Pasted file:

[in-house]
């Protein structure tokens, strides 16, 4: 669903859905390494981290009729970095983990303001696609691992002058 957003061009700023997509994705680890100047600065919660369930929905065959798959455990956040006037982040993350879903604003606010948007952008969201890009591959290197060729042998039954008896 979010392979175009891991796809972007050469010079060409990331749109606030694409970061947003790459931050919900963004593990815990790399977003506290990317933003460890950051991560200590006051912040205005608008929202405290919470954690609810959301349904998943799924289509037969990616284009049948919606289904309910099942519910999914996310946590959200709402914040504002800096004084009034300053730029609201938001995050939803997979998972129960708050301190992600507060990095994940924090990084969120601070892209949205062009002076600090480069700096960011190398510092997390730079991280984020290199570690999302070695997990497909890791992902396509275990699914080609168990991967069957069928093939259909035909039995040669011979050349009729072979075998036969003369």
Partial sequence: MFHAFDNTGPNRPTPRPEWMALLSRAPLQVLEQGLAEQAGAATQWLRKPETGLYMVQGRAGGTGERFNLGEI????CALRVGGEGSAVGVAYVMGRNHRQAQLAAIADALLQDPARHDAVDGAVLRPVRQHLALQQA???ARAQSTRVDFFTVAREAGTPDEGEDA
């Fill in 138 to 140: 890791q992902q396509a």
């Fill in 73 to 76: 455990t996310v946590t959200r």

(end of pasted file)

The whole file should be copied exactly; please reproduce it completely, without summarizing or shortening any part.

[in-house]
């Protein structure tokens, strides 16, 4: 669903859905390494981290009729970095983990303001696609691992002058 957003061009700023997509994705680890100047600065919660369930929905065959798959455990956040006037982040993350879903604003606010948007952008969201890009591959290197060729042998039954008896 979010392979175009891991796809972007050469010079060409990331749109606030694409970061947003790459931050919900963004593990815990790399977003506290990317933003460890950051991560200590006051912040205005608008929202405290919470954690609810959301349904998943799924289509037969990616284009049948919606289904309910099942519910999914996310946590959200709402914040504002800096004084009034300053730029609201938001995050939803997979998972129960708050301190992600507060990095994940924090990084969120601070892209949205062009002076600090480069700096960011190398510092997390730079991280984020290199570690999302070695997990497909890791992902396509275990699914080609168990991967069957069928093939259909035909039995040669011979050349009729072979075998036969003369």
Partial sequence: MFHAFDNTGPNRPTPRPEWMALLSRAPLQVLEQGLAEQAGAATQWLRKPETGLYMVQGRAGGTGERFNLGEI????CALRVGGEGSAVGVAYVMGRNHRQAQLAAIADALLQDPARHDAVDGAVLRPVRQHLALQQA???ARAQSTRVDFFTVAREAGTPDEGEDA
């Fill in 138 to 140: 890791q992902q396509a």
């Fill in 73 to 76: 455990t996310v946590t959200r």